European equities manager Simon Rowe discusses some of the drivers for European equities thus far in 2017, and runs the rule over some of the companies he has reviewed in recent months for his European growth strategy.
06.06.2017 | 14:58 Uhr
With Europe offering political uncertainty, muted economic growth and squabbles about Brexit, few would have guessed that the region would provide some of the best equity performances in the first part of 2017. European equity returns, are well ahead of the US (even with the help of the Trump trade) and well ahead of the other main equity markets, apart from Mexico, which has been boosted by a rally in the peso. What has been going on?
Part of the answer has come with the election of Emmanuel Macron as French president in early May, just a year after founding his centrist political party En Marche! (On the Move). Voters rejected Marine Le Pen, who wanted to take France out of the euro, a move that would have weakened the EU, perhaps fatally. Even though a third of French voters opted for a candidate from the far right, the majority backed a pro-EU candidate who has talked about the need to reform the EU from within and to improve France’s economy. Bearing in mind that previous reformist French presidents have failed to implement meaningful changes, Macron has a huge challenge – but at least he has a mandate.
A reprieve from the forces of populism
Macron’s win came on the heels of a Dutch vote in which the far-right candidate Geert Wilders failed to make progress. So there is a growing sense that the march of populist nationalism has come to a halt, at least for now. Of course there are still risks ahead, with a German election and potentially an early Italian election later this year. But the French vote certainly gives some space to France and the EU (ie, Germany) to come up with an agenda to show voters that the EU can address the issues that have led to low growth in France and Italy and the protest/anti-globalisation votes that have followed.
Apart from reduced political risk, European equity performance also reflects slowly improving economic fundamentals. Gross Domestic Product (GDP) growth estimates have edged up in France and Spain; meanwhile Germany performs better than ever. Construction activity is reviving in many countries after years of permafrost. Instead of deflation, discussion now focuses on when the European Central Bank will wind down its bond-buying programme.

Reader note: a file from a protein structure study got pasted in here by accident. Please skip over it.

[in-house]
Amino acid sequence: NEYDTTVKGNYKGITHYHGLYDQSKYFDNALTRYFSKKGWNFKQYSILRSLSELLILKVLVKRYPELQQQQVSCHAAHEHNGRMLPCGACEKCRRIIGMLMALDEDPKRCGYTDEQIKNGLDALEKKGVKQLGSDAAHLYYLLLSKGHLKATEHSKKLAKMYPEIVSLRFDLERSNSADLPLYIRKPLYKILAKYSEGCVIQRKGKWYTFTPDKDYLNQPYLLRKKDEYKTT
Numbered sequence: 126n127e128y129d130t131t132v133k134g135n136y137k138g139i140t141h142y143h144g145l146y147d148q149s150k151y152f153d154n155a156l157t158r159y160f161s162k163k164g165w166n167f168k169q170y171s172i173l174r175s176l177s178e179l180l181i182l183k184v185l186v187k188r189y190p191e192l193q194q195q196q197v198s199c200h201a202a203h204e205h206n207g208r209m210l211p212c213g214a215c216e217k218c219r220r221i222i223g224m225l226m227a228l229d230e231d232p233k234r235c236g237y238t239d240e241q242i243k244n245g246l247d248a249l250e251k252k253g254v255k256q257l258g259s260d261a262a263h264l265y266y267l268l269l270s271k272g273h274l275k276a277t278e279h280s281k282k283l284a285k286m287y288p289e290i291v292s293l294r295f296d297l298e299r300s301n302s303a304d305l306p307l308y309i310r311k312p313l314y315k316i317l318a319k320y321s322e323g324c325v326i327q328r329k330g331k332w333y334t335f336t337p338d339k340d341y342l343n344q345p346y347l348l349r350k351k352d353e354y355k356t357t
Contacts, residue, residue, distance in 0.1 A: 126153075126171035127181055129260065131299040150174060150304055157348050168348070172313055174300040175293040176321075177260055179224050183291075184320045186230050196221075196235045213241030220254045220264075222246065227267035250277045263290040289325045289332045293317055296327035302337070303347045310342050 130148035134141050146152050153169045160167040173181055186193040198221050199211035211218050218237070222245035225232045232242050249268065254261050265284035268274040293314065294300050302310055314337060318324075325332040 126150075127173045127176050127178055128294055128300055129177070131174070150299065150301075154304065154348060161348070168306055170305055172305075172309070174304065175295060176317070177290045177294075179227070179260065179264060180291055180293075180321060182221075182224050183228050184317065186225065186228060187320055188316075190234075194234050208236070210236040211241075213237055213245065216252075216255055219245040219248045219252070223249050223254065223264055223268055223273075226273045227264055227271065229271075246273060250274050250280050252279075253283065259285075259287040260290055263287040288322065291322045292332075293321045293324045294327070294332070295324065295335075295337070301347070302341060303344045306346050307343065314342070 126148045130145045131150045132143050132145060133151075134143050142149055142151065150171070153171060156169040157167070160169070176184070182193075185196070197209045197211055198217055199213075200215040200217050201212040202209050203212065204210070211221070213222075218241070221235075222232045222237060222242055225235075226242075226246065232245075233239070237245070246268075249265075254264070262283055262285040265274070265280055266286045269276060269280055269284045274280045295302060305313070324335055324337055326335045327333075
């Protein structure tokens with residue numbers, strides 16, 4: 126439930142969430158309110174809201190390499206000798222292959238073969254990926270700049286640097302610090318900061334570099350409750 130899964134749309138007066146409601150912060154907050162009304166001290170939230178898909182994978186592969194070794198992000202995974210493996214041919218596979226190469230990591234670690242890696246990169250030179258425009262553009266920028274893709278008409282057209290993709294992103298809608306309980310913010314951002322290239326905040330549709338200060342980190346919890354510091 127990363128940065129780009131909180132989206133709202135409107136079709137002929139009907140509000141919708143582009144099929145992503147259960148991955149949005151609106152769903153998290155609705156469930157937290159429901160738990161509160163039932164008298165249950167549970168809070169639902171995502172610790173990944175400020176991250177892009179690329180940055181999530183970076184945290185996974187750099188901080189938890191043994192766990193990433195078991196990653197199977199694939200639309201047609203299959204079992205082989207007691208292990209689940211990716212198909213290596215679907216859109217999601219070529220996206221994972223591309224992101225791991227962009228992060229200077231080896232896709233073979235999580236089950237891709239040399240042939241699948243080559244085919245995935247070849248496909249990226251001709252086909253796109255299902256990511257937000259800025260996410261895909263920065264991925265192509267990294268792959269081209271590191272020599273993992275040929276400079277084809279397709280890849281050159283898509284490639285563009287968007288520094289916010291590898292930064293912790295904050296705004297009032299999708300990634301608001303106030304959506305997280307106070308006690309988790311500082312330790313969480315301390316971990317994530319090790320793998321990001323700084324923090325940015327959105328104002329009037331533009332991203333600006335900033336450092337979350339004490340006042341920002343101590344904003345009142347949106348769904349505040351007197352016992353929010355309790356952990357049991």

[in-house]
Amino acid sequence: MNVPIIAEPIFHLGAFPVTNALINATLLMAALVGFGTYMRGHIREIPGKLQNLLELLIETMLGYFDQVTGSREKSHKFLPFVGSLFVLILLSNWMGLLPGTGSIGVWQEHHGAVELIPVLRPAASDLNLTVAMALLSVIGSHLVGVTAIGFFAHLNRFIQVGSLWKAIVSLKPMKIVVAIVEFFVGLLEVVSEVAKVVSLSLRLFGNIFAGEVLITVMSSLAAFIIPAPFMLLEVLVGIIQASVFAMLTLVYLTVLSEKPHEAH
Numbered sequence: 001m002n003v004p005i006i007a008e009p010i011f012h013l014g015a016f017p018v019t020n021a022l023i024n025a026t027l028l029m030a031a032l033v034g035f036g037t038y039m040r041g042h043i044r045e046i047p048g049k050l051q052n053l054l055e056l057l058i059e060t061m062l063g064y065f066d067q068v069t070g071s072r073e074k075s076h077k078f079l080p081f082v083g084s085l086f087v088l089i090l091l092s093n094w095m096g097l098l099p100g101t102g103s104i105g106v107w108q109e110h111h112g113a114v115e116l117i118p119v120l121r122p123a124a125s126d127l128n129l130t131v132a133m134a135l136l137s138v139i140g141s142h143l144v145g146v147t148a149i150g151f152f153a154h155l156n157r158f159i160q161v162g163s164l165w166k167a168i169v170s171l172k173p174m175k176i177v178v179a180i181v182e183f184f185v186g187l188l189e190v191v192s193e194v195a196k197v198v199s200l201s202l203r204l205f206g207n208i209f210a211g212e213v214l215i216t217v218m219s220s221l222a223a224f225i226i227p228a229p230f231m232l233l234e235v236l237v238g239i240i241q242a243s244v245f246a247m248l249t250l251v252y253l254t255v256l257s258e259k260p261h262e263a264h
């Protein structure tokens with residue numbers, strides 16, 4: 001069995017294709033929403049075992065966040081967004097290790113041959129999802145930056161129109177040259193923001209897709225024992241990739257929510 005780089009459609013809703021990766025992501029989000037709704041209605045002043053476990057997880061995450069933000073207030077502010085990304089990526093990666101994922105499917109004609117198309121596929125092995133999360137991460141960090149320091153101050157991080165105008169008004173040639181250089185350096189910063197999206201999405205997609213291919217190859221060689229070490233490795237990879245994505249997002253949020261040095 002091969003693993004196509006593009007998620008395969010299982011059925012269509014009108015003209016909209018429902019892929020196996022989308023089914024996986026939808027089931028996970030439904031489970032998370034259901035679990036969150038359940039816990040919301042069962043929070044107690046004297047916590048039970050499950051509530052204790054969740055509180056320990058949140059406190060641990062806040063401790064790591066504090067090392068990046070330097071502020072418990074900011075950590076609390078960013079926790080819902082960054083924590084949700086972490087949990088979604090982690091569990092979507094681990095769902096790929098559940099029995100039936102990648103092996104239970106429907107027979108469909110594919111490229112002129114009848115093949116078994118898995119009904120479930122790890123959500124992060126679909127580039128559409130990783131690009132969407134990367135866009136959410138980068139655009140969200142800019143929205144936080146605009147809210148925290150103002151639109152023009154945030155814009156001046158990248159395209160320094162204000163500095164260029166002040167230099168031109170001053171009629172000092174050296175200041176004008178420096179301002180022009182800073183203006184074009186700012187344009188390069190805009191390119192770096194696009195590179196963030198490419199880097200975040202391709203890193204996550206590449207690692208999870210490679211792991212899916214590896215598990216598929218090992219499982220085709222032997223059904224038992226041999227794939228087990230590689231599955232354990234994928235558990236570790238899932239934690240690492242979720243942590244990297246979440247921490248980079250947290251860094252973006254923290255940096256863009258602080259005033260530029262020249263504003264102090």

Is Europe closing the valuation gap?
Another element to equity performance has been corporate results. As in the US, many European companies have produced resilient quarterly earnings; even European banks – which can normally be relied on to spoil a party – have mostly been well-behaved. Another factor fuelling performance has been valuation. European companies have been catching up with higher valuations in the US and corporate investors have been also trying to exploit the valuation anomaly. Just one example is US coatings group PPG, which has tried to acquire Dutch rival Akzo Nobel, eventually tabling a bid for $29 billion – more than a 50% premium over Akzo’s prevailing share price. Another obvious example was the attempt by 3G to buy Unilever and thereby improve its performance. Even outside bid territory, some of the companies I have reviewed recently have shown particular strength:
• France-based service group Spie saw its shares rise by almost 50% over the six months to the end of April 2017, based on a well-priced acquisition and greater optimism about its activities in France.
• French flooring group Tarkett has also risen by over a third over the same time period on strong results and optimism that its performance in Russia will improve.
Elsewhere there has been strong performance from some specialist industrial groups. These niche players are a European strength and range from makers of specialist equipment for mining (in revival after huge destocking), logistics equipment, such as fork-lift trucks, and tools for the semiconductor industry. These areas have performed much more strongly than the staples and defensives that have led the market since the financial crisis.
With renewed confidence in the outlook for France, electronics retailer Fnac may be worth a look. Retailing is a notoriously difficult investment area, even harder now because of competition from the internet and groups like Amazon. But Fnac is interesting because it has recently merged with rival Darty and is now France’s largest electrical goods retailer. Price competition from supermarkets and online rivals is easing. And a talented management team that consists of significant shareholders has every incentive to harvest synergies and lift profitability towards that achieved by operators elsewhere. Longer term, Fnac is probably a consolidation target itself.
This article represent the fund manager's views, taken in the context of his European growth-focused strategy. None of the content of this article should be considered investment advice. Past performance is not a guide to future performance. Investment returns are not guaranteed and you may not get back the amount originally invested.